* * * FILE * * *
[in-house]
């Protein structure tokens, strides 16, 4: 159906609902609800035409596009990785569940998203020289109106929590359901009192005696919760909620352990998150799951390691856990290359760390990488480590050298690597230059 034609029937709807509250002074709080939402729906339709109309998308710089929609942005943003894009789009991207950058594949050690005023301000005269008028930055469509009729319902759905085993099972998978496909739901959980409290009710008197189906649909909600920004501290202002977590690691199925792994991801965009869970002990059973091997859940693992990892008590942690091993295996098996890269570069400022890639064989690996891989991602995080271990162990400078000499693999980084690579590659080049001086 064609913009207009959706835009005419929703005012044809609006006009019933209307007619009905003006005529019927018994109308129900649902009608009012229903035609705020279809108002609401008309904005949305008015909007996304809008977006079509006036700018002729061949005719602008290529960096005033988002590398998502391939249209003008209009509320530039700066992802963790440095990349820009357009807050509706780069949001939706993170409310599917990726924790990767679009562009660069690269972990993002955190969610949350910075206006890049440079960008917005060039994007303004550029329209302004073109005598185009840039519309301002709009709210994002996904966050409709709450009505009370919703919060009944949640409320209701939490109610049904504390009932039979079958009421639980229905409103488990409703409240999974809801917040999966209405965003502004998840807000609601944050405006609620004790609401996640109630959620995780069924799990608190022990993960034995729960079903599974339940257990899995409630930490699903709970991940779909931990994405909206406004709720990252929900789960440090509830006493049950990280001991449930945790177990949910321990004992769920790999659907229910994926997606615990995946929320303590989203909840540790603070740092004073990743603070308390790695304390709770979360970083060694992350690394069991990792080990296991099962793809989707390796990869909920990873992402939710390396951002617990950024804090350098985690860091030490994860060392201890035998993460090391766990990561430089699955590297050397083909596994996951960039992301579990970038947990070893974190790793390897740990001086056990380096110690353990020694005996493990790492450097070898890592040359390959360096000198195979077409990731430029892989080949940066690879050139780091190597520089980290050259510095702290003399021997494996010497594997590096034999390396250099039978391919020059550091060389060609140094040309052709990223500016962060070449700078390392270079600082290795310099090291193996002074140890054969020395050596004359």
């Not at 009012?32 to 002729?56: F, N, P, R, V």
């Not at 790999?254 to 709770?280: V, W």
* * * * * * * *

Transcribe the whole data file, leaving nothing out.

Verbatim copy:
[in-house]
């Protein structure tokens, strides 16, 4: 159906609902609800035409596009990785569940998203020289109106929590359901009192005696919760909620352990998150799951390691856990290359760390990488480590050298690597230059 034609029937709807509250002074709080939402729906339709109309998308710089929609942005943003894009789009991207950058594949050690005023301000005269008028930055469509009729319902759905085993099972998978496909739901959980409290009710008197189906649909909600920004501290202002977590690691199925792994991801965009869970002990059973091997859940693992990892008590942690091993295996098996890269570069400022890639064989690996891989991602995080271990162990400078000499693999980084690579590659080049001086 064609913009207009959706835009005419929703005012044809609006006009019933209307007619009905003006005529019927018994109308129900649902009608009012229903035609705020279809108002609401008309904005949305008015909007996304809008977006079509006036700018002729061949005719602008290529960096005033988002590398998502391939249209003008209009509320530039700066992802963790440095990349820009357009807050509706780069949001939706993170409310599917990726924790990767679009562009660069690269972990993002955190969610949350910075206006890049440079960008917005060039994007303004550029329209302004073109005598185009840039519309301002709009709210994002996904966050409709709450009505009370919703919060009944949640409320209701939490109610049904504390009932039979079958009421639980229905409103488990409703409240999974809801917040999966209405965003502004998840807000609601944050405006609620004790609401996640109630959620995780069924799990608190022990993960034995729960079903599974339940257990899995409630930490699903709970991940779909931990994405909206406004709720990252929900789960440090509830006493049950990280001991449930945790177990949910321990004992769920790999659907229910994926997606615990995946929320303590989203909840540790603070740092004073990743603070308390790695304390709770979360970083060694992350690394069991990792080990296991099962793809989707390796990869909920990873992402939710390396951002617990950024804090350098985690860091030490994860060392201890035998993460090391766990990561430089699955590297050397083909596994996951960039992301579990970038947990070893974190790793390897740990001086056990380096110690353990020694005996493990790492450097070898890592040359390959360096000198195979077409990731430029892989080949940066690879050139780091190597520089980290050259510095702290003399021997494996010497594997590096034999390396250099039978391919020059550091060389060609140094040309052709990223500016962060070449700078390392270079600082290795310099090291193996002074140890054969020395050596004359």
């Not at 009012?32 to 002729?56: F, N, P, R, V």
């Not at 790999?254 to 709770?280: V, W």